The Double R’s: Rivers and Reinhabition. What is Reinhabition? According to the article “Learning from Place: A Return to Traditional Mushkegowuk Ways of Knowing” written by Jean-Paul Restoule, Sheila Gruner and Edmund Metatawabin, reinhabitation is to “identify, recover, and create material spaces and places that teach us how to live well in our total environment,” (pg. 74). Rivers can be compared to this. Rivers are a space in the environment, recognizably, the outdoor environment which has been proven in multiple studies on how the outdoors teaches us how to live healthily. While talking about rivers and their benefits to us and the environment is not relevant to this article, the connections between reinhabitation and decolonization within the Fort Albany First Nations in connection to honouring the Mushkegowuk Cree beliefs through a 10-day trip along a river. Throughout the article, examples of reinhabitation and decolonization can be found.Photo Credit: PeterThoeny Flickr via Compfight cc
- Throughout the trip, a relationship was formed between the youth and the elders.
- Ex: “Elders would share knowledge with youth about ways to live off the river and lands and note key sites along the way. As part of the project, youth and Elders travelled together…” (pg. 75)
- Youth were given the opportunity to exemplify their learning.
- Ex: “Youth conducted interviews with peers, adults, and elders on key issues…” (pg. 75).
- Traditional teachings, such as language were taught. The Elders taught youth their language as they feared it might be disappearing.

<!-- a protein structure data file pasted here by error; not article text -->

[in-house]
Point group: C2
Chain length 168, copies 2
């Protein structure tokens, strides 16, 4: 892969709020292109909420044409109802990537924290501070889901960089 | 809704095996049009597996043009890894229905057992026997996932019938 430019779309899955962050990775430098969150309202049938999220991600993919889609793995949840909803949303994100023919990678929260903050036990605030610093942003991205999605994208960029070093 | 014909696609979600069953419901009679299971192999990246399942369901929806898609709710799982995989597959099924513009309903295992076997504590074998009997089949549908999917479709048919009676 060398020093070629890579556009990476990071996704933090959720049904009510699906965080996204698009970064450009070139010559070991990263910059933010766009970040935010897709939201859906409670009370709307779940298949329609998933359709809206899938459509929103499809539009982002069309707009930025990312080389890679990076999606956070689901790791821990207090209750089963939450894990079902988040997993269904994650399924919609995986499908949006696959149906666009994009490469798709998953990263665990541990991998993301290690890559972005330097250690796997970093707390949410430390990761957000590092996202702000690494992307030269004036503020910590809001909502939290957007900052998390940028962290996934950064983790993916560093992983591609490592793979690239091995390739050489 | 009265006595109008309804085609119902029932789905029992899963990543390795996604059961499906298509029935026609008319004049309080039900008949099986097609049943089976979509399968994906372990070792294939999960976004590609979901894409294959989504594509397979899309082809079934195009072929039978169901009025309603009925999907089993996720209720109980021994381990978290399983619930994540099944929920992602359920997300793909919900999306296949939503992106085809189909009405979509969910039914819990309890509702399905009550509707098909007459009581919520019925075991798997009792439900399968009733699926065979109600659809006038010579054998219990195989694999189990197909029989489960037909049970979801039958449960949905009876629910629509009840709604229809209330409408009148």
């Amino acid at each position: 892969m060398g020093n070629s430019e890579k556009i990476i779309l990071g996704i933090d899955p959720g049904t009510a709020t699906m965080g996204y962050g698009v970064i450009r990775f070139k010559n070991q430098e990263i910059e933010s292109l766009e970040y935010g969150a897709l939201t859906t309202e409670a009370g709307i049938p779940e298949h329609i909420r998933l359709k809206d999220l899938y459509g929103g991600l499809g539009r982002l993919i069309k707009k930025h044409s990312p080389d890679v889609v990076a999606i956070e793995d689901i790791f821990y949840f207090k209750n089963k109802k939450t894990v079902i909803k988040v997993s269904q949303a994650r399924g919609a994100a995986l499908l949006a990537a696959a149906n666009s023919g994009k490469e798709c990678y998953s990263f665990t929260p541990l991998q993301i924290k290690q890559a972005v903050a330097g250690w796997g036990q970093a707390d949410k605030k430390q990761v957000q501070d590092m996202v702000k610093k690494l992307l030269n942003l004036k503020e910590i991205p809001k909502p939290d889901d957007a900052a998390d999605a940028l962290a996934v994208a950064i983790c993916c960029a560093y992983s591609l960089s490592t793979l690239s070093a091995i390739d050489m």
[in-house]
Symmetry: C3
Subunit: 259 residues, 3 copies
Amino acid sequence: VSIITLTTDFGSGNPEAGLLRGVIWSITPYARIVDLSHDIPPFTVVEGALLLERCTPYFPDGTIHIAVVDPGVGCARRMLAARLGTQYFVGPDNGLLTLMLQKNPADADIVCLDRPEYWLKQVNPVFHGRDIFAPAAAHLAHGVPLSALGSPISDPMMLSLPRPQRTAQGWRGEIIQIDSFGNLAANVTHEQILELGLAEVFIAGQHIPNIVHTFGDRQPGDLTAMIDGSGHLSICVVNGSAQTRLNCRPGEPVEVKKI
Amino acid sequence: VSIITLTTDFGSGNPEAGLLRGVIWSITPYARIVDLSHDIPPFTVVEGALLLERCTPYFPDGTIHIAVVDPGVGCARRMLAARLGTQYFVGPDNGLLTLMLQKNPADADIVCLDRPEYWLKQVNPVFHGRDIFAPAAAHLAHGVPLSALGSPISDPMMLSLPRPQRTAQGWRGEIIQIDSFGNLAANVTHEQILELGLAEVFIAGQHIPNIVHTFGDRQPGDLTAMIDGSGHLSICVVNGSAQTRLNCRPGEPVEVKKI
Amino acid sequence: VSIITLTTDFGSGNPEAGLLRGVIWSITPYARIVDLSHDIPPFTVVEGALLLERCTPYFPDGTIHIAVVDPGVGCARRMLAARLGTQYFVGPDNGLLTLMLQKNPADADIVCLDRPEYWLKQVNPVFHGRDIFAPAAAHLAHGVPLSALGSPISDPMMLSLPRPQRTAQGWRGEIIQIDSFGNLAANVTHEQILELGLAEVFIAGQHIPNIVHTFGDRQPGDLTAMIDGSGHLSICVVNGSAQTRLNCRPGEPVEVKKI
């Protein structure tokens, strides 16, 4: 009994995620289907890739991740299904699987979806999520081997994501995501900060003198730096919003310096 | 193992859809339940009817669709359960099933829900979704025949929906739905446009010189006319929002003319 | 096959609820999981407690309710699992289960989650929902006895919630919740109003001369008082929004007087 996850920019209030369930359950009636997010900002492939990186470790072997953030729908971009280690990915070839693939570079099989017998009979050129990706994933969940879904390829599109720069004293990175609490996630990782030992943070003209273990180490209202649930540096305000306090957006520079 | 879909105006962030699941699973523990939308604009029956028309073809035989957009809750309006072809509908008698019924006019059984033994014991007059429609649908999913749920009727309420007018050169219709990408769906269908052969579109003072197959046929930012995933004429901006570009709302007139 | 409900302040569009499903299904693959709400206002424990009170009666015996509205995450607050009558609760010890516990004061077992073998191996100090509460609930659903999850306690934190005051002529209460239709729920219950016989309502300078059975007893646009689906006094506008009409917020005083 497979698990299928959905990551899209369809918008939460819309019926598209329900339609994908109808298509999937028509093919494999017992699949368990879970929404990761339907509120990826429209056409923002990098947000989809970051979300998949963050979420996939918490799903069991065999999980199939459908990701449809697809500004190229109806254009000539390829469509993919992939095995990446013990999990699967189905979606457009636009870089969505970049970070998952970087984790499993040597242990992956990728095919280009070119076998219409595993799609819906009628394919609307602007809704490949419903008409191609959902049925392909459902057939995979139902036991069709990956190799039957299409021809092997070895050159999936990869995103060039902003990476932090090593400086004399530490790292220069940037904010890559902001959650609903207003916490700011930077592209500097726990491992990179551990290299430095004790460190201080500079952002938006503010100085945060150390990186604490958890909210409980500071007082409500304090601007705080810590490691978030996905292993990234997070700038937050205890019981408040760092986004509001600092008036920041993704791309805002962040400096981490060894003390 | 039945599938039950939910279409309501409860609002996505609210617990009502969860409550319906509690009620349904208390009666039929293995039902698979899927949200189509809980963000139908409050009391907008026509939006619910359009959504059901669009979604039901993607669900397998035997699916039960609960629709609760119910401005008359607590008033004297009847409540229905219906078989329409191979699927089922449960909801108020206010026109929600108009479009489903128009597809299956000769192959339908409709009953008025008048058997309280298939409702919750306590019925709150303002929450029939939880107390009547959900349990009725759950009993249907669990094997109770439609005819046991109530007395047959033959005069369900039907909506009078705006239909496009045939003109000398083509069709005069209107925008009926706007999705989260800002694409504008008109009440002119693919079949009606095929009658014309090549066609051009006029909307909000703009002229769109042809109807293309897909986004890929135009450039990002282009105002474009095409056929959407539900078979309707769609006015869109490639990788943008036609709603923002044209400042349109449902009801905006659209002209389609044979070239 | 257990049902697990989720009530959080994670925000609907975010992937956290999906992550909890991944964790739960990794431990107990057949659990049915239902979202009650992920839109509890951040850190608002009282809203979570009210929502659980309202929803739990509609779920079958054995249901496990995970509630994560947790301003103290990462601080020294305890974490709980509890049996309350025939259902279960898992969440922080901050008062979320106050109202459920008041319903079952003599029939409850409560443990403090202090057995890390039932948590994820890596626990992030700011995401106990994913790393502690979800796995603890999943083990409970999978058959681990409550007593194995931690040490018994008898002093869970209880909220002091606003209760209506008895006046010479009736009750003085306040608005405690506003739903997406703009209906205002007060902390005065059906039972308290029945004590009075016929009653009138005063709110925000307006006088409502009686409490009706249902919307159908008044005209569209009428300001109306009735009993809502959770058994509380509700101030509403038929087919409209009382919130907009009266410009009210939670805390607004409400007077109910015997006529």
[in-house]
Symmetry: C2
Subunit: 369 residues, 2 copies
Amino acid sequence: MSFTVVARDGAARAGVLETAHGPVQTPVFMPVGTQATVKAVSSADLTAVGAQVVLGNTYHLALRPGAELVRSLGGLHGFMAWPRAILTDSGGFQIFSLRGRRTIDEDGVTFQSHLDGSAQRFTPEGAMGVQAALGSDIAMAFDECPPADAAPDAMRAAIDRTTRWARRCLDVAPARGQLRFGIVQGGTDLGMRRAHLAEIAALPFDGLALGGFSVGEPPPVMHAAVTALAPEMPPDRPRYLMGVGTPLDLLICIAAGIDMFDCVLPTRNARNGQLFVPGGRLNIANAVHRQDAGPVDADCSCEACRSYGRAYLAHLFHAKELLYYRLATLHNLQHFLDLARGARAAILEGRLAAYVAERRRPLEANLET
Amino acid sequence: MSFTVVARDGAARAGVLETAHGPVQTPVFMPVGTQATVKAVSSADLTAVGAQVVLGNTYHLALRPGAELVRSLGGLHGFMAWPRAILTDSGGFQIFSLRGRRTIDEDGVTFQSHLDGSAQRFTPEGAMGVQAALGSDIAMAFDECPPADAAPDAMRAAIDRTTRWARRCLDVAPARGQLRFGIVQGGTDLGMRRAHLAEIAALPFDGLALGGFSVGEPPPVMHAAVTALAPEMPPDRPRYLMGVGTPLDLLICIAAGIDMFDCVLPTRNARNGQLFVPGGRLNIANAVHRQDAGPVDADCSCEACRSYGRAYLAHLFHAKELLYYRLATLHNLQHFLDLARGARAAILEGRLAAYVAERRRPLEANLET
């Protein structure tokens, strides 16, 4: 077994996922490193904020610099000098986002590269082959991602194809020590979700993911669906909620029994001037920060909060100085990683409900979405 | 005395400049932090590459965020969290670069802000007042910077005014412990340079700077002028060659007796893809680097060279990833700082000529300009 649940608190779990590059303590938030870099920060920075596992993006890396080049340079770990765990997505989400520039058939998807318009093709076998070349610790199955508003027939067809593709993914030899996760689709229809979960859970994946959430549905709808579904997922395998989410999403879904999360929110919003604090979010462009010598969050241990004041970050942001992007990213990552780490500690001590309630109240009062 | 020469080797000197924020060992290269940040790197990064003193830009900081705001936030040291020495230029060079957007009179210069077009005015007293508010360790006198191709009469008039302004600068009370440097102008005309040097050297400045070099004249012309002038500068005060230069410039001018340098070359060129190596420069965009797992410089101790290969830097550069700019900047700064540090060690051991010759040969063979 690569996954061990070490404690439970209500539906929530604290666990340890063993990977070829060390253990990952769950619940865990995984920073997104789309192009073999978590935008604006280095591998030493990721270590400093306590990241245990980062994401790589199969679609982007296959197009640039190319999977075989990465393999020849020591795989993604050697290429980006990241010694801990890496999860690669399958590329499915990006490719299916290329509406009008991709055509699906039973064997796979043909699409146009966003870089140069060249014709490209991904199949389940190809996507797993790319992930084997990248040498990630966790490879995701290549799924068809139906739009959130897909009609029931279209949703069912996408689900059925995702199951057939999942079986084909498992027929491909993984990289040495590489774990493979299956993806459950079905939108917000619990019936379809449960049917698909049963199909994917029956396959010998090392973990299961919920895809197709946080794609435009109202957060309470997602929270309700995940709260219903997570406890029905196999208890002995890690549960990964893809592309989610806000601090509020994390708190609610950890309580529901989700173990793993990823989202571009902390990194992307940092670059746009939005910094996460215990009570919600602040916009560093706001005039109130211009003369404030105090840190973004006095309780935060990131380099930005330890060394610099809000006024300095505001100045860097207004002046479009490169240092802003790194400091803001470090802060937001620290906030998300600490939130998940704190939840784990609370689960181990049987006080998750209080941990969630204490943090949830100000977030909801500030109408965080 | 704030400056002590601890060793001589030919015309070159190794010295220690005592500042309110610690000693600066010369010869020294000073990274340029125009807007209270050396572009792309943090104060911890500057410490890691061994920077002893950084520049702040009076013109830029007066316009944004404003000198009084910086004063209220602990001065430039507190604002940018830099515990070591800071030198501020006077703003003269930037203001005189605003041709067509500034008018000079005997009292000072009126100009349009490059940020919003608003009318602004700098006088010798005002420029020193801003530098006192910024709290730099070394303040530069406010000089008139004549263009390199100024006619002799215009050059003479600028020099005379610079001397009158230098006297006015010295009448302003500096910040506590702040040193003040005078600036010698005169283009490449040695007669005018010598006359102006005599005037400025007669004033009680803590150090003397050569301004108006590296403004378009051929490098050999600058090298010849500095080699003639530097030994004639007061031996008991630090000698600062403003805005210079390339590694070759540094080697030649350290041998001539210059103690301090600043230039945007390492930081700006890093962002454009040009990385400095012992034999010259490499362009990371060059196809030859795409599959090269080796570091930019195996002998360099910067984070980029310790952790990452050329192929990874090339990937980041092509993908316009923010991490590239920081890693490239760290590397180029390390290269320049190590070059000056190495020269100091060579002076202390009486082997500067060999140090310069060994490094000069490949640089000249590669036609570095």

- Ex: “Some community members worry that the decreasing use of words like paquataskamilk means that the ability to form a linguistic connection to traditional territory could be at risk within a short period of time,” (pg. 78).
- The knowledge learnt was shared with others.
- Ex: “Fifteen interviews were collected and formed the basis for a short audio documentary, titled The Kistachowan River Knows My Name, which aired in the local community and on Wawatay radio, which reaches a wide audience in Northern Ontario,” (pg. 75)
- The project encouraged discussions.
- Ex: “These smaller projects became part of the broader effort to engage the community in a discussion about what activities can and should take place on traditional territory and how decisions about those activities should be made,” (pg. 83).
- Knowledge was shared.
- Ex: “The river trip helped members of the community share linguistic, cultural, historical, and geographic knowledge,” (pg. 81).
Throughout the article, one could sense the Elders were pleased with the knowledge they passed onto the youth, as they feared it was becoming lost due to colonization. It was also apparent that the youth were engage in what they were learning as they used audio aids to help encompass the trip and were made available to share with others. To continue, to read the article, one may feel like they can sense the power and emotions participants experienced. The personal accounts included in the article, I found, were very moving. When it comes to incorporating these ideas into my own classroom, I had a couple ideas come to mind. Instead of trying to teach a concept I am unsure of like the idea of culture in a social studies class, I could invite families or those who identify as that culture into the classroom. Furthermore, the class could leave the classroom for a field trip. For instance, would students learn more about The Medicine Wheel from me, teaching it in the classroom. Or would they learn more by visiting an Elder in a space they are comfortable in, where they are able to engage more? This is all involved in Place-Based Education. For math, students could experience careers which deal with math on a daily basis so they can see math “in-the-real”. Incorporating place-based education into the classroom would better the students understanding and make their learning more meaningful to them.
Until next time,